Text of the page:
Home / Home / Bugatti Veyron Speed Record Achieved 15 Years Ago


Exactly 15 years ago, the books were updated as the Bugatti Veyron speed record was set making it the first series-production, road car to break the 400-km/h barrier.

Bugatti Veyron Speed Record

A top speed of 407 km/h with a series production car would be almost unimaginable if it had not already been done. When it was done, it was something that had never been achieved before. Exactly 15 years ago, Bugatti were the first series car manufacturer to achieve this record with the Veyron 16.4. The French luxury manufacturers of hyper sports cars had achieved a development goal they had set for themselves; something that the public believed to be unachievable.

The Bugatti Veyron speed record needed something really special. Thus, there came the first hypercar designed for a power output of over 1,000 hp, to accelerate from 0 to 100 km/h in less than 3 seconds, and to get up to a speed higher than 406 km/h. The Veyron was powered by an engine developed completely from scratch: almost like fusing two V8 engines together, there came the W16 with 16 cylinders, with a displacement of 8.0 litres, and four turbochargers. The resultant output was 1,001 hp output and 1,250 Nm of torque which were distributed by a newly developed, seven-speed, dual-clutch, automatic gearbox called the DirectShift Gearbox (DSG) to a permanent all-wheel drive.

Bugatti Veyron Speed Record

The Bugatti Veyron 16.4 accelerated from 0 to 100 km/h in 2.5 seconds. No other series production vehicle could accelerate that fast back in 2005. The hypercar reached a speed of 200 km/h in 7.3 seconds, and 300 km/h in 16.7 seconds. However, the main development goal was the top speed of 407 km/h. No other series production vehicle had been able to break the magical 400 km/h barrier before. The ingenious engineer and the driving force behind Bugatti, Ferdinand Karl Piëch, also developed the legendary Porsche 917. That legendary racing car went on to win the 24 Hours of Le Mans for the first time for Porsche in the 1960s and got up to a top speed of 406 km/h on the Hunaudières Straight – and the Veyron was supposed to go even faster.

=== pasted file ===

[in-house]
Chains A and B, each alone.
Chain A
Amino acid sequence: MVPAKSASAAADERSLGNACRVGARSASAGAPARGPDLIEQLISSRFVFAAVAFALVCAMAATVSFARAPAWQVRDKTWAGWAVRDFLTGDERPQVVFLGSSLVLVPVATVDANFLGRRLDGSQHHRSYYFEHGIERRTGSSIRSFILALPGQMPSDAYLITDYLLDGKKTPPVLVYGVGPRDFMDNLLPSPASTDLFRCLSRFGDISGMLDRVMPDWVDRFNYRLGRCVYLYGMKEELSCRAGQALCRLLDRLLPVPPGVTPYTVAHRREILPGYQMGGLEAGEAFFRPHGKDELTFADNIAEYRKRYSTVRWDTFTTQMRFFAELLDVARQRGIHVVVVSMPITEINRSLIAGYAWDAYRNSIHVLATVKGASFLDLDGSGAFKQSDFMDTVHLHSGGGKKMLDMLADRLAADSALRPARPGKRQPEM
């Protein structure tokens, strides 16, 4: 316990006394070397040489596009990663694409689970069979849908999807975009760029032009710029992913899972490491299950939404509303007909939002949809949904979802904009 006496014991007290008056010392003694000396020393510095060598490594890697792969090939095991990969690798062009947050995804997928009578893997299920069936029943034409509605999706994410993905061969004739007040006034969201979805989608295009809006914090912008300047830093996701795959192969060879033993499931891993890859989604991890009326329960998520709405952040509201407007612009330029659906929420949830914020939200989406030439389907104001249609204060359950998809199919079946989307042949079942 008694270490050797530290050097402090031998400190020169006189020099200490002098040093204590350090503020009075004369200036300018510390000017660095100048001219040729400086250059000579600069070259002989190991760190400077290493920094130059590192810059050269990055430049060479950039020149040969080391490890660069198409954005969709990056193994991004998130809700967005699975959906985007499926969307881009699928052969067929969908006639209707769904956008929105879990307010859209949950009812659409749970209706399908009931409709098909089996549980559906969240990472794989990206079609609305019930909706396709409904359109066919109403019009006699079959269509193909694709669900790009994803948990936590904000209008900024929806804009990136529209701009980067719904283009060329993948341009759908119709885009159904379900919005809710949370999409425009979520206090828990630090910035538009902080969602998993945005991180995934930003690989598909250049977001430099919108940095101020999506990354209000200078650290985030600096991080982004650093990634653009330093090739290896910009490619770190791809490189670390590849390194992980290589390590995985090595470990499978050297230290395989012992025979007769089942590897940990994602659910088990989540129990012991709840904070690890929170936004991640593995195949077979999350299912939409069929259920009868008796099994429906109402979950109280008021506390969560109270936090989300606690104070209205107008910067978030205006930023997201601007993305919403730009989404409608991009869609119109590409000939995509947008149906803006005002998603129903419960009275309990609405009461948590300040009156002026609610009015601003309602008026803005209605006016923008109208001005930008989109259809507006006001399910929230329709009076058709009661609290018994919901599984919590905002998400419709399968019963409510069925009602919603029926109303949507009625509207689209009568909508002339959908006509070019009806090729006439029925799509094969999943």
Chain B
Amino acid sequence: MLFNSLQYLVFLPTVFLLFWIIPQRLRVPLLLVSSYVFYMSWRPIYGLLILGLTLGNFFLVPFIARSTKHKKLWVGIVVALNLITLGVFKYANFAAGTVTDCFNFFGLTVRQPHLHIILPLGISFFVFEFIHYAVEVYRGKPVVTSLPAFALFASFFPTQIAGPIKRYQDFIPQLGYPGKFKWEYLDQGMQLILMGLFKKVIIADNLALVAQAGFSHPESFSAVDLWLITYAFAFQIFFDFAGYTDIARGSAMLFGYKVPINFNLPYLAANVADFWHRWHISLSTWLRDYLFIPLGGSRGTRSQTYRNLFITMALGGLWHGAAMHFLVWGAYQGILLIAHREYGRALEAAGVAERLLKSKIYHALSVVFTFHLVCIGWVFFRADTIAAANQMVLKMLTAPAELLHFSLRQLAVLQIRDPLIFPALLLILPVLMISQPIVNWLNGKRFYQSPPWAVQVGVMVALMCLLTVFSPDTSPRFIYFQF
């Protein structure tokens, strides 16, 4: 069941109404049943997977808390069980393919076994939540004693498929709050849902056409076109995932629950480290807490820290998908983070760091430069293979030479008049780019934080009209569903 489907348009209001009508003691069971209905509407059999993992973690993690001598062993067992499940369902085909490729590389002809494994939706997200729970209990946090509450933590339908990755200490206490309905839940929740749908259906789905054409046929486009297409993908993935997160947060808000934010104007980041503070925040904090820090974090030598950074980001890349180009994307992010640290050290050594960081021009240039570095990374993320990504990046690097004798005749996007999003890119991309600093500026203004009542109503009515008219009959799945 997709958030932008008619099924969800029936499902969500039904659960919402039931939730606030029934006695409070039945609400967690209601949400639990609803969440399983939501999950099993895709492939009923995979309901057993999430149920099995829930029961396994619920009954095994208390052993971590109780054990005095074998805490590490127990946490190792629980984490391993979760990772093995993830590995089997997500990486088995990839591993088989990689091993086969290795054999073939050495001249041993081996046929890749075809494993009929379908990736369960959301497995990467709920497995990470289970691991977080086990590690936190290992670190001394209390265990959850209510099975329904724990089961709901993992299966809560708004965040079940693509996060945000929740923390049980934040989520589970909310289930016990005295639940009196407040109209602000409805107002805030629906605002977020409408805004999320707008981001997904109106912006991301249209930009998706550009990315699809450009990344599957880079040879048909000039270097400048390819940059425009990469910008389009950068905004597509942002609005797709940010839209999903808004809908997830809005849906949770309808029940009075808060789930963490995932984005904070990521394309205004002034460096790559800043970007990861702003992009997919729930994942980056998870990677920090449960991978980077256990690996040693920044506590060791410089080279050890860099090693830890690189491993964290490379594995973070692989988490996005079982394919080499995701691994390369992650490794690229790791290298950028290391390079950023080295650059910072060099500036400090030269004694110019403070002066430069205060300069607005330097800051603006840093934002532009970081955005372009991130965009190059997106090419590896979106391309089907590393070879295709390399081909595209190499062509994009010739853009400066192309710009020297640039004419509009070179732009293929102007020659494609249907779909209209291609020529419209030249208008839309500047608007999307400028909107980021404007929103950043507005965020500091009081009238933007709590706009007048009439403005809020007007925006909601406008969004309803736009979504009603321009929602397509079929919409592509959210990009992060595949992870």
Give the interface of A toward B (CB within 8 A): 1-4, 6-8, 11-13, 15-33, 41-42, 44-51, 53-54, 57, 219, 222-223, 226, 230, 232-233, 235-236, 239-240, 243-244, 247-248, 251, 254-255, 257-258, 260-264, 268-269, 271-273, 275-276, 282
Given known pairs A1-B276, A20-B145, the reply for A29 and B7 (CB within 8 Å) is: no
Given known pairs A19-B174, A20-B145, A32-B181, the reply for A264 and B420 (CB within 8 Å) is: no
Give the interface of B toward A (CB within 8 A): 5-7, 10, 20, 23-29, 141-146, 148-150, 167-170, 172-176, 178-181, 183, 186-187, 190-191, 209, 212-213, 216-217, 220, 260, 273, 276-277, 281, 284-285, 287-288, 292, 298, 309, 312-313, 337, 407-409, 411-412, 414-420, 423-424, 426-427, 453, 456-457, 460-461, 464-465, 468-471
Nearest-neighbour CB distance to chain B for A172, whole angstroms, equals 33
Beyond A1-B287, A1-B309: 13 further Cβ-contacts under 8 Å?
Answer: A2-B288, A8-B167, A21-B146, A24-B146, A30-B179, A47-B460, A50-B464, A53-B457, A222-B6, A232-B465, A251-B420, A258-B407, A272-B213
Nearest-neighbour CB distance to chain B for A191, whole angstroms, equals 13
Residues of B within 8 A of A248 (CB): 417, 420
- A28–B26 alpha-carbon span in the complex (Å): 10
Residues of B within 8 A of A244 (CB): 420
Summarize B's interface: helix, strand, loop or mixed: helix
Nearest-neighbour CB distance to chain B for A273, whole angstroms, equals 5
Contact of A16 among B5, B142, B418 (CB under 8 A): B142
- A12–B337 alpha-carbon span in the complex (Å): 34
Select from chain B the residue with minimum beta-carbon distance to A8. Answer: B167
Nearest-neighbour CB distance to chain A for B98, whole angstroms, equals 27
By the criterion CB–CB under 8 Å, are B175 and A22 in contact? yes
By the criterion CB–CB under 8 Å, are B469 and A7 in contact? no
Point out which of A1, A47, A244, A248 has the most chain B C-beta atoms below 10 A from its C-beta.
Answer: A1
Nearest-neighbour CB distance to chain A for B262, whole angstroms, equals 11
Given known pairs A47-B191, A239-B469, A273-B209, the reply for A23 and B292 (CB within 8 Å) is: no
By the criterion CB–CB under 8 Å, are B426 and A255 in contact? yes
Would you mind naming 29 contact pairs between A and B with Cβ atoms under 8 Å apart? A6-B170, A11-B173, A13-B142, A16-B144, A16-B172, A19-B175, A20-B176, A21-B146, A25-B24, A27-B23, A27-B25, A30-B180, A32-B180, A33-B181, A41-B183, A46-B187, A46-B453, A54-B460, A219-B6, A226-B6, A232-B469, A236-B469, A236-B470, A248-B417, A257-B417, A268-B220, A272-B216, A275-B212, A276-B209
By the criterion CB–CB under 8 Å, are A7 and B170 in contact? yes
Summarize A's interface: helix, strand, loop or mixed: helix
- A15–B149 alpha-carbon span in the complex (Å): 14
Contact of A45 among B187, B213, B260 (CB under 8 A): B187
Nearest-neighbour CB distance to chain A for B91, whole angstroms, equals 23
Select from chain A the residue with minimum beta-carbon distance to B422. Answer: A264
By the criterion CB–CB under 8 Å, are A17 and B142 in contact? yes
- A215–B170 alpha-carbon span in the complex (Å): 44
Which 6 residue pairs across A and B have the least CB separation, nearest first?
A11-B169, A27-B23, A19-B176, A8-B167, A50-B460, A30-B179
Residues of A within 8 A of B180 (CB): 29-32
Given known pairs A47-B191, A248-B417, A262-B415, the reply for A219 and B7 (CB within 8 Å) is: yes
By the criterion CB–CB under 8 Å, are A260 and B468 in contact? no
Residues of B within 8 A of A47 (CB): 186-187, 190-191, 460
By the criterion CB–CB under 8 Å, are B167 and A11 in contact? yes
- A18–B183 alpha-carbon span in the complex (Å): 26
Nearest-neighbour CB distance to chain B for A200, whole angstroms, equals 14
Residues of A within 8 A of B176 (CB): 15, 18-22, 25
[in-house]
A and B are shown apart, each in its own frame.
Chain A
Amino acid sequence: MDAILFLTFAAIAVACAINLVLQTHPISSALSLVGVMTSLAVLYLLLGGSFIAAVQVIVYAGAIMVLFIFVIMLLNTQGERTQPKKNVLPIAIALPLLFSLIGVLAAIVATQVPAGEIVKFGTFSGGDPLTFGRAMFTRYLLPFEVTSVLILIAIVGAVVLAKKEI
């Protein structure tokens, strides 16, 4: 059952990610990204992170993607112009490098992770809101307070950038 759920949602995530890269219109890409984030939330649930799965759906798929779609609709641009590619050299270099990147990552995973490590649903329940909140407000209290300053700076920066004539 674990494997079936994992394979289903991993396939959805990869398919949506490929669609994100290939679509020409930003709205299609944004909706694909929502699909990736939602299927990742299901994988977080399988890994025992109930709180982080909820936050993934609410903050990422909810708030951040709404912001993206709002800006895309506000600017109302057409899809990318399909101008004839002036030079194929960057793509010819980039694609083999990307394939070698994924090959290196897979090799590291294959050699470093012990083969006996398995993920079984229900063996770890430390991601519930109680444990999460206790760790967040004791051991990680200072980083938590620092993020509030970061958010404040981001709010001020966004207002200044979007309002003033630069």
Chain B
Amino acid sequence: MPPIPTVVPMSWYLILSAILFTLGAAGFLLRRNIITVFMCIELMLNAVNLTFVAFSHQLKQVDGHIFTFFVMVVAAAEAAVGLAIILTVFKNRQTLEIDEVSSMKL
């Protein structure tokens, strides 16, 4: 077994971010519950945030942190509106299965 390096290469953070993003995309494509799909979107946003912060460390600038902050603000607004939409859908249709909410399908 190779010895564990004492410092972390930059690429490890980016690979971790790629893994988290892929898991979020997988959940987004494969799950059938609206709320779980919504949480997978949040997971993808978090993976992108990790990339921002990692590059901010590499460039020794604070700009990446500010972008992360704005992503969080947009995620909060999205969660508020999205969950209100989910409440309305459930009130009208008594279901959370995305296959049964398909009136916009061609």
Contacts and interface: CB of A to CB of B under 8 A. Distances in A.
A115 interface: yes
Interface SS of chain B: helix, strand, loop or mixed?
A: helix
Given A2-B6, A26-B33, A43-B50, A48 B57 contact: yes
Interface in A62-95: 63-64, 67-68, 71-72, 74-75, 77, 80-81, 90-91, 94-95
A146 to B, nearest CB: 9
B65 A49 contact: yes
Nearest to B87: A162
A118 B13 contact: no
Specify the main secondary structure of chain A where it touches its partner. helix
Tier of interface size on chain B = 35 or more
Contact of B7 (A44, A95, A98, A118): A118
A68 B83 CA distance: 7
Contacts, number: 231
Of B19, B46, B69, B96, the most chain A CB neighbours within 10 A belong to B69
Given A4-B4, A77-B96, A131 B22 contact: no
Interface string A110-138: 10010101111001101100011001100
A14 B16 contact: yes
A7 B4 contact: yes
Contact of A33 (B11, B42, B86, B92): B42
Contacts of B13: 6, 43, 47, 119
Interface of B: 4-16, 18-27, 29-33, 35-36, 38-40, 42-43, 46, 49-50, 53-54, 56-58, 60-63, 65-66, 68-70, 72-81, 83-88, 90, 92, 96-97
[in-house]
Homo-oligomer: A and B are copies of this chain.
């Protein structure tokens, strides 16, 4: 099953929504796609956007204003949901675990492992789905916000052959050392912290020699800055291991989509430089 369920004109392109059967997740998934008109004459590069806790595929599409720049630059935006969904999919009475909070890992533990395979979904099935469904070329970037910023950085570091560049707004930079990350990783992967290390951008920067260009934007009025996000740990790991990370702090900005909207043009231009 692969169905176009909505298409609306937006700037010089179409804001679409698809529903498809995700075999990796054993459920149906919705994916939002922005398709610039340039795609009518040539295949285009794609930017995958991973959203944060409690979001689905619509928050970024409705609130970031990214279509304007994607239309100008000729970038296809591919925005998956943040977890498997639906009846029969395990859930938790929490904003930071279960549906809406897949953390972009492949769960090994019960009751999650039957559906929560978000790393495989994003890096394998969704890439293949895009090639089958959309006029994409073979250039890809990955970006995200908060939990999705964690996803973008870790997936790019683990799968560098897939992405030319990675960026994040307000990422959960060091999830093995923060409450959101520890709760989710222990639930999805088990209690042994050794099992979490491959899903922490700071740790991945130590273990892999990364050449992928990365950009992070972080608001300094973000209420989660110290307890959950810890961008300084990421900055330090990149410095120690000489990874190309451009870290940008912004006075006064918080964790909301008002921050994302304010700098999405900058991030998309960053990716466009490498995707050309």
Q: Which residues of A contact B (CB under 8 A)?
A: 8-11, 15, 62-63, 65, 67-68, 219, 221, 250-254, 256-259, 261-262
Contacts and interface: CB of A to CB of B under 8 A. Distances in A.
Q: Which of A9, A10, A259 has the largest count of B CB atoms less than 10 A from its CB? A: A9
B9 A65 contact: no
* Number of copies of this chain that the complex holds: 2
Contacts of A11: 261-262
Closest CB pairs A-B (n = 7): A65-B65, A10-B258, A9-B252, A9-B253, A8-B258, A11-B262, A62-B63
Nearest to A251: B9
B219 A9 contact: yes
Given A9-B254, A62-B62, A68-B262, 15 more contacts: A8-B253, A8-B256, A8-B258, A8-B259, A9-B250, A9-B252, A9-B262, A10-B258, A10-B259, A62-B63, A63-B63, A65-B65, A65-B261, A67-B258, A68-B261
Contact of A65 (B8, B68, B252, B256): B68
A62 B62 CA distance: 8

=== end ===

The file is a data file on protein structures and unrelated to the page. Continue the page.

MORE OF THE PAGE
When the runs were done Ehra-Lessien, Volkswagen’s private test facility, the top speed would only be possible on the straight, which was eight kilometres long. The speed was measured precisely in both directions of the high-speed track using a precision measuring system by the testing organisation “TÜV Süd” who were on site. Several times, the Veyron reached over 408 km/h. In the end, the value entered in the type approval documents was 407 km/h.

Bugatti Veyron Speed Record

Stephan Winkelmann, President of Bugatti, said, “Bugatti has been at the pinnacle of automotive engineering for over 110 years. With the Veyron 16.4, Bugatti not only unveiled what can be called the world’s first hyper sports car in 2005, but also achieved an unbelievable speed record. Even 15 years after the record, it is still a car of sheer power, speed and elegance in a timeless design. An icon of automotive history. I have the greatest respect for the achievement, courage and willpower of the team back then. They really did create an extraordinary car.”

With the Bugatti Veyron, all output figures needed comma separators and the Bugatti Veyron Super Sport that followed, was no different. It had 1,200 hp and 1,500 Nm and went on to 431 km/h.

The next project after the Bugatti Veyron speed record was even more intense. The Bugatti Chiron. A reworked engine meant two-stage twin-turbocharging from the four new turbos and even more power – 1,500 hp and 1,600 Nm – and went on to be the next big thing, with a top speed electronically limited to 420 km/h. However, Bugatti weren’t done and it wasn’t the last speed record they would break. In 2019, Bugatti became the first manufacturer to exceed the 300-mph (483-km/h) mark with the latest Chiron Super Sport 300+. Bugatti set a new speed record at 304.773 mph (490.484 km/h); never before has a vehicle by a series-production manufacturer reached such speeds. Who knew then what the Bugatti Veyron speed record started?


About the author: Jim Gorde


Deputy Editor at Car India and Bike India.
Believes that learning never stops, and that diesel plug-in hybrids are the only feasible immediate future until hydrogen FCEVs take over.

t: @CarIndia/@BikeIndia
IG: @carindia_mag/@bikeindia/@jimbosez


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